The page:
Aztlan Underground
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Aztlan Underground

Band Rock Punk


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This band has not uploaded any videos



"Notes from the Underground"

By Falling James
Some bands write songs, but Aztlan Underground composes storms. The local post-punk collective’s new self-titled CD is their first album since 2001’s Sub-Verses, and only their third overall, following the 1995 debut, Decolonize. After eight years, they’ve got a lot on their minds, decrying war, social injustices and the destruction of indigenous cultures, through such rabid broadsides as “Smell the Dead” and “9/10/11/12 (Message to the Dominant Culture).” There’s a lot of rage against the machine in Yaotl’s caustic rants and raps, but guitarist Alonzo Beas also shapes some majestically psychedelic passages in epic tracks like “Moztlitta” and “Be God” (where Yaotl declares, “We are the fruits of celestial explosions/We are all God”). Aztlan Underground’s sounds and messages are heavy, with the thunderous rhythm section of bassist Joe Peps and drummer Ignacio “Caxo” Lopez laying down thick shards of punk and hard rock, but their music also draws upon the mystic natural power of “urban tribalism,” with flutes, rattles and other indigenous instrumentation. - LA WEEKLY

"The Scenestar"

“Before there was a Rage Against The Machine, there was Aztlan Underground raging against the injustices of the world” – The Scenestar - The Scenestar

"Al Borde"

“Whether you like it or not, Aztlan Underground is forcing you to stop and listen” – Al Borde - Al Borde


Decolonize (1995):
Tetu Innan
Killing Season
Lost Souls
My Blood Is Red
Natural Enemy
Sacred Circle
Blood On Your Hands
AUG 2 The 9
Lyrical Drive-By

Sub-Verses (1998):
They Move In Silence
No Soy Animal
Killing Season
Blood On Your Hands
Reality Check
Lemon Pledge
Preachers Of The Blind State
Lyrical Drive-By
Nahui Ollin
How To Catch A Bullet
Ik Otik
Obsolete Man
War Flowers

Aztlan Underground (2009):
Be God
Light Shines
In The Field
9 10 11 12
Smell The Dead
Crescent Moon



Aztlan Underground navigates time and space between the contemporary and the ancient to create music that reveals the unrestrained voices of indigenous peoples of the world. Through their own personal journey of enlightenment, they uncover the raw, painful, solitude of oppressed people transforming it with unbridled energy and emotion into their hard-hitting musical style.

For nearly 20 years, Aztlan Underground has cultivated a grassroots audience across the world from Europe to Australia and, most importantly, the Americas, from Canada to Venezuela. Initially disregarded as stereotypical American Yankees, Aztlan Underground shocks and awes foreign audiences with their respect for the ancient ways and songs of ancestors mixed with the modern, industrial sounds of today. They have performed with every socially important act from Rage Against the Machine, Manu Chao, to Fermin Muguruza, and Dead Prez. Aztlan Underground remains true to their name and beliefs by playing political rallies, underground venues, and anywhere the doors open.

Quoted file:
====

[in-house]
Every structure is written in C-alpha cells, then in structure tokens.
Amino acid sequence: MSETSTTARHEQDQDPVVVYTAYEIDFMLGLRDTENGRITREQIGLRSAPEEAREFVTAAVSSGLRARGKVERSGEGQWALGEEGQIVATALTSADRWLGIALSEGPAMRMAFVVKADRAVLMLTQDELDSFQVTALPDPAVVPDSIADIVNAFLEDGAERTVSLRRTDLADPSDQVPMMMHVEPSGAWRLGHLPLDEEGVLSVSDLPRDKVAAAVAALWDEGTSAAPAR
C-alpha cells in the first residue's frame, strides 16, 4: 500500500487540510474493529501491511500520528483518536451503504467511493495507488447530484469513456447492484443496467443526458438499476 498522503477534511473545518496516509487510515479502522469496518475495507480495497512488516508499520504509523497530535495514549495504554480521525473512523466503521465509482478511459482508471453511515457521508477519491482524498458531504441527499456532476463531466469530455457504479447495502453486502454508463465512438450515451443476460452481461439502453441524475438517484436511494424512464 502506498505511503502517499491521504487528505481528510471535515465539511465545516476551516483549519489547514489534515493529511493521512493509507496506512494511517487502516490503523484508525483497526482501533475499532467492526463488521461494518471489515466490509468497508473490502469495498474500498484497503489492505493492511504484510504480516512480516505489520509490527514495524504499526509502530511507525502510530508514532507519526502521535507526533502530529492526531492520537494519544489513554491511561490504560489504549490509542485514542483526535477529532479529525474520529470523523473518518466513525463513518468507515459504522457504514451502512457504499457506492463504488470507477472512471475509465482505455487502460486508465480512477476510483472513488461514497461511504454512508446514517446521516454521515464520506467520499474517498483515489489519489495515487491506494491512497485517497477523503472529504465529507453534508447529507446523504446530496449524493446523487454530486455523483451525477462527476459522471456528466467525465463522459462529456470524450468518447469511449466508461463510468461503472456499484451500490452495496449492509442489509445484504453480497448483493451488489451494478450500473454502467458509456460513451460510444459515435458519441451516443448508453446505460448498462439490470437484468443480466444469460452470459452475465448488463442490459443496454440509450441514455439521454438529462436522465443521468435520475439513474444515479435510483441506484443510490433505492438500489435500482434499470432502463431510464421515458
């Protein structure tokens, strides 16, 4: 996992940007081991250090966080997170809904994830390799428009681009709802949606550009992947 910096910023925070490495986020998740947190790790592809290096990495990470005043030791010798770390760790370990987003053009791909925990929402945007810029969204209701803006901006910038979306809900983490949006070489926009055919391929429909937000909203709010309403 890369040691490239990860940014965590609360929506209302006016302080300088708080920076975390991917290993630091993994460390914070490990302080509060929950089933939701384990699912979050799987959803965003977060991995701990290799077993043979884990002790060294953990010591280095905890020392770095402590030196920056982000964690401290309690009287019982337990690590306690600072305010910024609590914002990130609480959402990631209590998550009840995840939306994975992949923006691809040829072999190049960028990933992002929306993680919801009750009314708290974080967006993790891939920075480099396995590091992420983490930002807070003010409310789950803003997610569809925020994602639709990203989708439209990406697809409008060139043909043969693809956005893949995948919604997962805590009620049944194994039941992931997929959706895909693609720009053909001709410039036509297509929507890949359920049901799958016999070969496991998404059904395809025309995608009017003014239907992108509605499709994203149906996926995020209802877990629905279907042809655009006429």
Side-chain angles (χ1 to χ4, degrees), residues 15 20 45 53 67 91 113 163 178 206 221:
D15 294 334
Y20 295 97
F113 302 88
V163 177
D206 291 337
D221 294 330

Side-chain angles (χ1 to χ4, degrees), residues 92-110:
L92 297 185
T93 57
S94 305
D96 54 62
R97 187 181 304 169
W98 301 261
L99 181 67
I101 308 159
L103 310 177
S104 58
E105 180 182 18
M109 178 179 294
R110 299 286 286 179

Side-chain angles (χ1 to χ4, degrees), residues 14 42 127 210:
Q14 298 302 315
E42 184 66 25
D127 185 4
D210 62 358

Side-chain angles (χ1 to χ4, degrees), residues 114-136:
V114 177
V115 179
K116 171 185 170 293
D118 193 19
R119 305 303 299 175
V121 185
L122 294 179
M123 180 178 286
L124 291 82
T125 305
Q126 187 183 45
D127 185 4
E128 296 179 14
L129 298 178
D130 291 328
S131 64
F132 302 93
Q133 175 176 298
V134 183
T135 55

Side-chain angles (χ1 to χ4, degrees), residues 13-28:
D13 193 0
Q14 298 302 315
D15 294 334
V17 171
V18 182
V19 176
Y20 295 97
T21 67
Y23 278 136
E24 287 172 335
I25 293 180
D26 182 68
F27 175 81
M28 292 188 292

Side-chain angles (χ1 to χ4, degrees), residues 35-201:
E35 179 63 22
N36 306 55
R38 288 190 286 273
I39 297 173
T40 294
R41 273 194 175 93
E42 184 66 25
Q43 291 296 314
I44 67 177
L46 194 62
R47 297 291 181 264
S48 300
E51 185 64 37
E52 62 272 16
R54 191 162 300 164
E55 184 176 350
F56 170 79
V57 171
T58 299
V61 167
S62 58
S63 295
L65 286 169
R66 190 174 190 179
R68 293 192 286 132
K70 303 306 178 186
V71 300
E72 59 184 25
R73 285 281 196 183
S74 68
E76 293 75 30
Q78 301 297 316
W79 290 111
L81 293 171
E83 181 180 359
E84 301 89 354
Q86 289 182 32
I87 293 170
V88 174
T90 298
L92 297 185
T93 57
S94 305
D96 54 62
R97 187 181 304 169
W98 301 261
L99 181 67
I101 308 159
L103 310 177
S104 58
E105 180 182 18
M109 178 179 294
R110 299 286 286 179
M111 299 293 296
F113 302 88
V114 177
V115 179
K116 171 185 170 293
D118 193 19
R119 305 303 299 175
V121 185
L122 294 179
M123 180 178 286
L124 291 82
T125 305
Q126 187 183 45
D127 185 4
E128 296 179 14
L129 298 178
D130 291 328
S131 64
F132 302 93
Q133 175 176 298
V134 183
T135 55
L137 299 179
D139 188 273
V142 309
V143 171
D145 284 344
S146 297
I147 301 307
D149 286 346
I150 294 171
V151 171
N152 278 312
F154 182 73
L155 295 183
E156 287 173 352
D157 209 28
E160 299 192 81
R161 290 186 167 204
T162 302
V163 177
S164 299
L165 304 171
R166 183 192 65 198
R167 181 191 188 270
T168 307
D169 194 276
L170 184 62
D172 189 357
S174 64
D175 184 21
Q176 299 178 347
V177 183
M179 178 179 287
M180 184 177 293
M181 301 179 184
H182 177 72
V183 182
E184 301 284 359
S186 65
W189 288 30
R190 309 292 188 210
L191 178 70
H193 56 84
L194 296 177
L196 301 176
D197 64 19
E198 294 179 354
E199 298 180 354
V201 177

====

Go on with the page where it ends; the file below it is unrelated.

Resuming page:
At home, the band is considered an institution having influenced a whole new generation of musicians, bands, and free-thinkers. Giving back to the community, each band member, in one way or another, reaches out to troubled and incarcerated youth, families in need, and disenfranchised neighborhoods. Yet their hearts lie with their families. Whether cheering their children at sports, jamming alongside their brothers, or inspiring their father to make art, they never lose focus on family.

Growing up in poor, violent households where gang membership was the popular way out, Aztlan Underground band members found music. Their early musical influences went from one extreme, punk and metal bands favored by their classmates, to the other, cumbias, rancheras, and salsa heard at home. Picking up an instrument and grabbing a microphone was a cathartic experience that in a sense saved their lives. Through the healing power of music, four mystified souls joined together and found their medicine.

Their message is one of self-determination and decolonization. They challenge their audience to look within themselves, to their own life-giving forces, and human potential to realize that they are God. Individuals and the collective are strong and divine. They ask to confront personal demons and society’s ills to create a world filled with hope, answers, and a way forward. From the hurt and rage, they inspire positive action within themselves and others

Collaborating as a circle with no bosses and no leaders, each member contributes their personal story to the creation of a song. Four versions of the same story are told in four different ways at the same time. With this ritual, Aztlan Underground has independently produced and distributed three albums: Decolonize (1995), Sub-Verses (2001), and the self-titled album Aztlan Underground (2009). The band’s albums reflect a process of self-discovery and realization evolving from the anger of Decolonize to the new self-titled album featuring an evolution towards a more global, humanitarian struggle. The new album maintains the indigenous infusion of sounds and timelessness where the songs stretch the boundaries of the standard composition and become 8- to 9-minute nonconformist journeys.

Music is liberty. It provides the forum to voice opinions, emotions,
and thoughts that can inspire social change. Music is democracy. The listener
can choose to turn it on or off, stay and listen or leave. Music is the
storyteller. With or without lyrics it says what words alone cannot express.
Music is medicine. It allows the listener to understand, absorb, and heal on
their own terms...